The California legislature has sent a bill to the governor that would change how marijuana plants must be tracked in a way that supporters say will promote environmental sustainability by eliminating the use of single-use plastic tags.
The legislation from Sen. Ben Allen (D) passed both chambers with unanimous votes over recent months, with the Senate advancing it in a final concurrence vote last week.
While the text of the measure doesn’t explicitly discuss the current use of plastic tags under California’s track-and-trace rules, cannabis businesses and industry groups say the transition away from that practice will prevent waste while saving the state millions.
“Existing law requires a unique identifier to be issued for each cannabis plant and to be attached at the base of each plant or as otherwise required by law or regulation,” the legislative summary says. “This bill would instead require the unique identifier to be recorded in a manner as determined by” the Department of Cannabis Control (DCC).
The legislation doesn’t provide specific examples of alternatives to the plastic identifiers that are currently used to track marijuana plants. But if signed into law by Gov. Gavin Newsom (D), regulators would have discretion to implement ecologically sound policies such as digital tags.
“We eagerly anticipate Governor Newsom’s signature on SB 622, drawing attention to the impact of the past five years: the state has used between 200 and 250 million plant tags, resulting in over 1 million pounds of plastic waste,” Tiffany Devitt, head of regulatory affairs at the vertically integrated cannabis company CannaCraft, told Marijuana Moment on Wednesday.
“Astonishingly, this waste carries a price tag of approximately $15 million annually, as the state of California purchases these tags and distributes them to cannabis farms,” she said. “The most unfortunate aspect of this situation is that these tags failed to fulfill their intended purpose of preventing diversion.”
Policymakers at the state and congressional level have raised concerns about the environmental impact of illegal grow operations, including the use of banned pesticides that could hurt wildlife. A bipartisan bill filed this Congress takes aim at the illicit cultivation sites in California, for example.
But this state-level bill from Allen looks at a different environmental side of the issue, showing how even regulated markets can inadvertently contribute to waste.
Supporters of the legislation also includes the California Cannabis Industry Association (CCIA), California NORML, Cresco, Humboldt County Growers Alliance, Kiva Confections, Pax and Project CBD.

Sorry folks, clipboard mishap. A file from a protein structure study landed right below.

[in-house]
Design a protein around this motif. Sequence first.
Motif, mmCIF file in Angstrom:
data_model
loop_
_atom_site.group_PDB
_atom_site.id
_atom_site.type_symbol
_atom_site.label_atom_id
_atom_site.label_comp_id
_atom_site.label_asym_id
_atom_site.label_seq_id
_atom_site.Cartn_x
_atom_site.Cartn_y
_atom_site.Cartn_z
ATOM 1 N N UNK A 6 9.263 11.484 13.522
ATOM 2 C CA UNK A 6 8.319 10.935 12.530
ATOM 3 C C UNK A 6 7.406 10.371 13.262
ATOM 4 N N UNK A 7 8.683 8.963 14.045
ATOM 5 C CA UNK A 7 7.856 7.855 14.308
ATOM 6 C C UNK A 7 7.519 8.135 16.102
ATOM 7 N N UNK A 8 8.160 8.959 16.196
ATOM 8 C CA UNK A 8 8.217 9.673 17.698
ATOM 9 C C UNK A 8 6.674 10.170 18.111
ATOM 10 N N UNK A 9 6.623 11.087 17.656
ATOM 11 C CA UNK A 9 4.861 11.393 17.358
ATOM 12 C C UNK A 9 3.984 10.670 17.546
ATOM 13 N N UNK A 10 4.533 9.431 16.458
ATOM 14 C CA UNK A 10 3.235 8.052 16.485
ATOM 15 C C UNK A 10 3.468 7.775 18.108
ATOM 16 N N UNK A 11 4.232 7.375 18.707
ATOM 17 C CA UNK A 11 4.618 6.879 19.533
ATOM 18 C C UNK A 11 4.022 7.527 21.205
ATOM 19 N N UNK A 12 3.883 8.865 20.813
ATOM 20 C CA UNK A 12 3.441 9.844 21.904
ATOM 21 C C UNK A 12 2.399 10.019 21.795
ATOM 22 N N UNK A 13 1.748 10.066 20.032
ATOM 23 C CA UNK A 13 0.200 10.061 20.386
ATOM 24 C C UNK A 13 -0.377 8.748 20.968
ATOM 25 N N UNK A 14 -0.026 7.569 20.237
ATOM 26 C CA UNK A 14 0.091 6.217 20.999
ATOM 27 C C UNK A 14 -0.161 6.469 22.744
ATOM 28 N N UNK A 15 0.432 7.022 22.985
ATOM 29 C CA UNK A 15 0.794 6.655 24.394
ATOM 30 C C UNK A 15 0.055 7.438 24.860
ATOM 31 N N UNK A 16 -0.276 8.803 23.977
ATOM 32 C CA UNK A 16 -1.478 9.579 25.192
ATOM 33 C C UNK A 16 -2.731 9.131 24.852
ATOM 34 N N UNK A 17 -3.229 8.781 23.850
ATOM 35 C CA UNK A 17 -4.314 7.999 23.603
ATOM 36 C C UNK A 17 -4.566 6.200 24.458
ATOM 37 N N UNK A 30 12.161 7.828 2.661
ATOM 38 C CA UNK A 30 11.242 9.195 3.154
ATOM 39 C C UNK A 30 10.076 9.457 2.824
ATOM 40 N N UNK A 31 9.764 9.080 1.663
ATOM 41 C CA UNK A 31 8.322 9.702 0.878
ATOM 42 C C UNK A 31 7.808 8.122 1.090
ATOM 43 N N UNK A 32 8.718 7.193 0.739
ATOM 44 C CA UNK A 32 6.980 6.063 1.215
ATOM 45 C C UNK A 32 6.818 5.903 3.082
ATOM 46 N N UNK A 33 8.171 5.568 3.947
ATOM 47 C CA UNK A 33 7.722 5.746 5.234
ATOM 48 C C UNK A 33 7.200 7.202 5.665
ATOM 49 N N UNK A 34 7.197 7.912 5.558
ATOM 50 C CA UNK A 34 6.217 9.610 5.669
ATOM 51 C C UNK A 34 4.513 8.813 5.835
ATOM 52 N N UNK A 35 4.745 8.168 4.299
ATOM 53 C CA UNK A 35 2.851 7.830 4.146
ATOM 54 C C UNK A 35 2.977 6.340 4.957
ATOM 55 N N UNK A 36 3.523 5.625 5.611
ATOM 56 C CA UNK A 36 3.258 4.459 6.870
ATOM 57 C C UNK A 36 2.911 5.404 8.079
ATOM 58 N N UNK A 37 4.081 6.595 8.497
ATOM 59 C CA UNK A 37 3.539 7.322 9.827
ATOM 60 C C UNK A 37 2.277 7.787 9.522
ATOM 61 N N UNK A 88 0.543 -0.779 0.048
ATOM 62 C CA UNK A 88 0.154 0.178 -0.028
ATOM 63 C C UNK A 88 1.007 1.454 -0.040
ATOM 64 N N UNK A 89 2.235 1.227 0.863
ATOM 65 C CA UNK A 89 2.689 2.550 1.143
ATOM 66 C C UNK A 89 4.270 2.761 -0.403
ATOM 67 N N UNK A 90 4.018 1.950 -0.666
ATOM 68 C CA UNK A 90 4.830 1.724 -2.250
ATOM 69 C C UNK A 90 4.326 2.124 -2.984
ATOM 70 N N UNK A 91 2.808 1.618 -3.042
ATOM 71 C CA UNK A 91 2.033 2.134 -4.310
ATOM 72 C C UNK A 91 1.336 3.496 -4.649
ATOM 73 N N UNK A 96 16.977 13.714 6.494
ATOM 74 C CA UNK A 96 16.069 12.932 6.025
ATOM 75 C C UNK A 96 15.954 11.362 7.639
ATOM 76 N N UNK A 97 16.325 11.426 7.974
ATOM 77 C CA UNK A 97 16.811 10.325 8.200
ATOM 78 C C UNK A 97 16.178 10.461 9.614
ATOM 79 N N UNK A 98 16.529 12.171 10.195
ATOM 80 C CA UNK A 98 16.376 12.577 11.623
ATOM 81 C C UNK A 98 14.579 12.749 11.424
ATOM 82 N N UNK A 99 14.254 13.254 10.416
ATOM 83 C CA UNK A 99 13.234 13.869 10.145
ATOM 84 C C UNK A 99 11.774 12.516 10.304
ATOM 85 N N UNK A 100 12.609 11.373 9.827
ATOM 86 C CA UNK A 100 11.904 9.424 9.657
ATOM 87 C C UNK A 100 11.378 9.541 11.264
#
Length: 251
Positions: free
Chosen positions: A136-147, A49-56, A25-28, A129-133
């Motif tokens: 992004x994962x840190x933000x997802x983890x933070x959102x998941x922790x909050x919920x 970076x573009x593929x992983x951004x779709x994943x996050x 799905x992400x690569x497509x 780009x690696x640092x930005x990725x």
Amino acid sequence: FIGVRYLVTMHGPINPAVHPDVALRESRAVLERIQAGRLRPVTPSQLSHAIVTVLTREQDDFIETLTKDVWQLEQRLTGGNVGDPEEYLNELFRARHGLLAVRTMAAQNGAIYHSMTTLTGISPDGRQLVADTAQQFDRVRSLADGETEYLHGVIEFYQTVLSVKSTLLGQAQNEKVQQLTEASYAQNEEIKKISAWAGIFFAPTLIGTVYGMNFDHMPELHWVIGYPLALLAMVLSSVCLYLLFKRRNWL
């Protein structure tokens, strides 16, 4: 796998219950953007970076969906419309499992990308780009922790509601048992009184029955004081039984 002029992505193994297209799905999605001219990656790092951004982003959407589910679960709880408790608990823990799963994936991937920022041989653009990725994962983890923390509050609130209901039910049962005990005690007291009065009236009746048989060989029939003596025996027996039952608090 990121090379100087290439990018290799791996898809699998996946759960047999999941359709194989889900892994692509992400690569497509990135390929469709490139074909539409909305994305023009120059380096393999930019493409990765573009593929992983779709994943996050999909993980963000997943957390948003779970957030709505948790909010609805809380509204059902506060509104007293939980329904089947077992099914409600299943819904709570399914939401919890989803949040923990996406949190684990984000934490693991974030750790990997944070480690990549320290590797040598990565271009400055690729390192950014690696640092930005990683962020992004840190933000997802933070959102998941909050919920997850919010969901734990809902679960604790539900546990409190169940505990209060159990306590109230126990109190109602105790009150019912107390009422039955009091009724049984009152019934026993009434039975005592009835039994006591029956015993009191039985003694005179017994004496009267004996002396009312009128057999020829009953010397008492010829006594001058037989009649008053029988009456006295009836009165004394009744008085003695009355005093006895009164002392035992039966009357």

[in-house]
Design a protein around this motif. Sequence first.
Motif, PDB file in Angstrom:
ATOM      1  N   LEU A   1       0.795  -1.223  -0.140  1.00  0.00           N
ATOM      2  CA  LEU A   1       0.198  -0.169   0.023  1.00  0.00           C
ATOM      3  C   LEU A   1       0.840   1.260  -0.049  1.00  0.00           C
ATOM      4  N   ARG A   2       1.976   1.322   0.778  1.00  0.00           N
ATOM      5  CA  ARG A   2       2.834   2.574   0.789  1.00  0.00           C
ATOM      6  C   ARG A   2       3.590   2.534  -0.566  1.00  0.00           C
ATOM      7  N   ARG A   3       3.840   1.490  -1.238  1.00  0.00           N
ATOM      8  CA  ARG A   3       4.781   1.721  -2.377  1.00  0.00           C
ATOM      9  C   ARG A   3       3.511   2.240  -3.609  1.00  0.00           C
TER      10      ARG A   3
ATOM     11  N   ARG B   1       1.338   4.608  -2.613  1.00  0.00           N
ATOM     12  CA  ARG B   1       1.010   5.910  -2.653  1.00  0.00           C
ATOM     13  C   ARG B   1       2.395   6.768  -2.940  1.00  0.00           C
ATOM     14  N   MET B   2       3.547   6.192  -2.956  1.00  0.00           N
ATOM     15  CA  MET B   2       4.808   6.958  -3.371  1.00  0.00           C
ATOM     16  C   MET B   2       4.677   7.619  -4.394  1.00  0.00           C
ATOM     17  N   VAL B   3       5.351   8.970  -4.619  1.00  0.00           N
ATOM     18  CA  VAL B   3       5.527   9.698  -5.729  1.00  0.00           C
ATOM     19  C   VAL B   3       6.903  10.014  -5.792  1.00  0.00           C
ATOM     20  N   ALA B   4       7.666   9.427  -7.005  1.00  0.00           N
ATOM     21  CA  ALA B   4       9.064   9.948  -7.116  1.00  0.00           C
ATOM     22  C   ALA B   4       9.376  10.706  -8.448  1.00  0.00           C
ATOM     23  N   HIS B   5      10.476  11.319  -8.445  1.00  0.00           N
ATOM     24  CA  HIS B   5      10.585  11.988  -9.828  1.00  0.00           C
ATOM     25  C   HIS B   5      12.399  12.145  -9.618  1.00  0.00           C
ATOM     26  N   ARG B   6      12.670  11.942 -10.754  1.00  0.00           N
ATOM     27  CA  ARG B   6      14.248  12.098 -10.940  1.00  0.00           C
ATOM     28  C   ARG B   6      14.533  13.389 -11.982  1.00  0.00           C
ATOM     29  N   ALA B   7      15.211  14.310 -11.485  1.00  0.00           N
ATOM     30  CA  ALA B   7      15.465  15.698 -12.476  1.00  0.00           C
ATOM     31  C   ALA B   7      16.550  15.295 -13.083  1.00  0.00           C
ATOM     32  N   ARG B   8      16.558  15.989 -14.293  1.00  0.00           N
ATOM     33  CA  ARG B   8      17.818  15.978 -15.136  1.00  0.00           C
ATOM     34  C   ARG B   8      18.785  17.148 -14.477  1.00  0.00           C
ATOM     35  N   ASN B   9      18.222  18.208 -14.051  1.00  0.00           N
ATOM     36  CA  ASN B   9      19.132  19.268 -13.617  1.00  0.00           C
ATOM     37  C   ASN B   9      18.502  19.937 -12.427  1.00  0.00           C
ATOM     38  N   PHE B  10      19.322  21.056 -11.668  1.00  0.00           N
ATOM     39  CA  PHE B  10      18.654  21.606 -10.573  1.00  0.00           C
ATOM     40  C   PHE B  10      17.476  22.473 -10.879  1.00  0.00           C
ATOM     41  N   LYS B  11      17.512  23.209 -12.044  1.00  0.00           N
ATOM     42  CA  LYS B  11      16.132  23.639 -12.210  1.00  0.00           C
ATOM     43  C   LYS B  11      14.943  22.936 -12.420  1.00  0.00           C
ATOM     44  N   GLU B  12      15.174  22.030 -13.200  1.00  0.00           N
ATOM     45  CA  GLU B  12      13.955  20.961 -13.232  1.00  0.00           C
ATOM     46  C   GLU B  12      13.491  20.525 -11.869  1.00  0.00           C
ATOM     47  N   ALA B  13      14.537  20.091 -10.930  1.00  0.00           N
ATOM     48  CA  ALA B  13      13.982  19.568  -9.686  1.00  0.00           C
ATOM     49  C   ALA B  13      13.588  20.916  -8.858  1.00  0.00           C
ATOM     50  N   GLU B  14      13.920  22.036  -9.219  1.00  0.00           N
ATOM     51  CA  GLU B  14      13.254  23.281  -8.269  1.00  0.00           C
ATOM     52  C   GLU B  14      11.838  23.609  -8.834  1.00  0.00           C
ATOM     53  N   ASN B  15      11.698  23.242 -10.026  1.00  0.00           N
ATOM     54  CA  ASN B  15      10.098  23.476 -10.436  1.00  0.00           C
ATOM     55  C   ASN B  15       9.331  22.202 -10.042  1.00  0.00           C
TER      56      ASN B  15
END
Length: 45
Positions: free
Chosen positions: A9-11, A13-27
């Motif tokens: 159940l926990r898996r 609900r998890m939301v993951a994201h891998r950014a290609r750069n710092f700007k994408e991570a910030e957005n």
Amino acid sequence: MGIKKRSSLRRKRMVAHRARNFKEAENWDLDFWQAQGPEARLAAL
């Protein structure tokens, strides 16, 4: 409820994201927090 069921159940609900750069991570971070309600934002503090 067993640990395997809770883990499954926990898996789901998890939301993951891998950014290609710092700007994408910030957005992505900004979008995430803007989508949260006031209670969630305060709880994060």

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In 2021, the California Department of Fish and Wildlife unveiled a Cannabis Restoration Grant Program, offering $6 million in funds from marijuana tax revenue to help small cultivators with environmental clean-up and remediation efforts.
Meanwhile, ahead of the launch of New York’s adult-use marijuana program, regulators approved rules to limit the use of plastics and promote sustainability in cannabis packaging.
Back in the California legislature, another cannabis bill is heading to the governor following a final Assembly vote on Monday. The measure would legalize marijuana cafes, allowing dispensaries to offer non-cannabis food and drinks at their location if they receive local approval.
The Assembly Appropriations Committee also recently approved a Senate-passed bill that is meant to bolster protections for workers who use cannabis off the job. The panel adopted technical amendments to the measure from Sen. Steven Bradford (D), however, so it will go back to the Senate for concurrence if it is approved by the full Assembly.
Also, the legislature sent a bill to the governor last week that would legalize the possession and cultivation of small amounts of certain psychedelics by adults. It would create work group to explore a possible regulatory model for access to the substances for therapeutic and facilitated use.
Photo courtesy of California State Fair.
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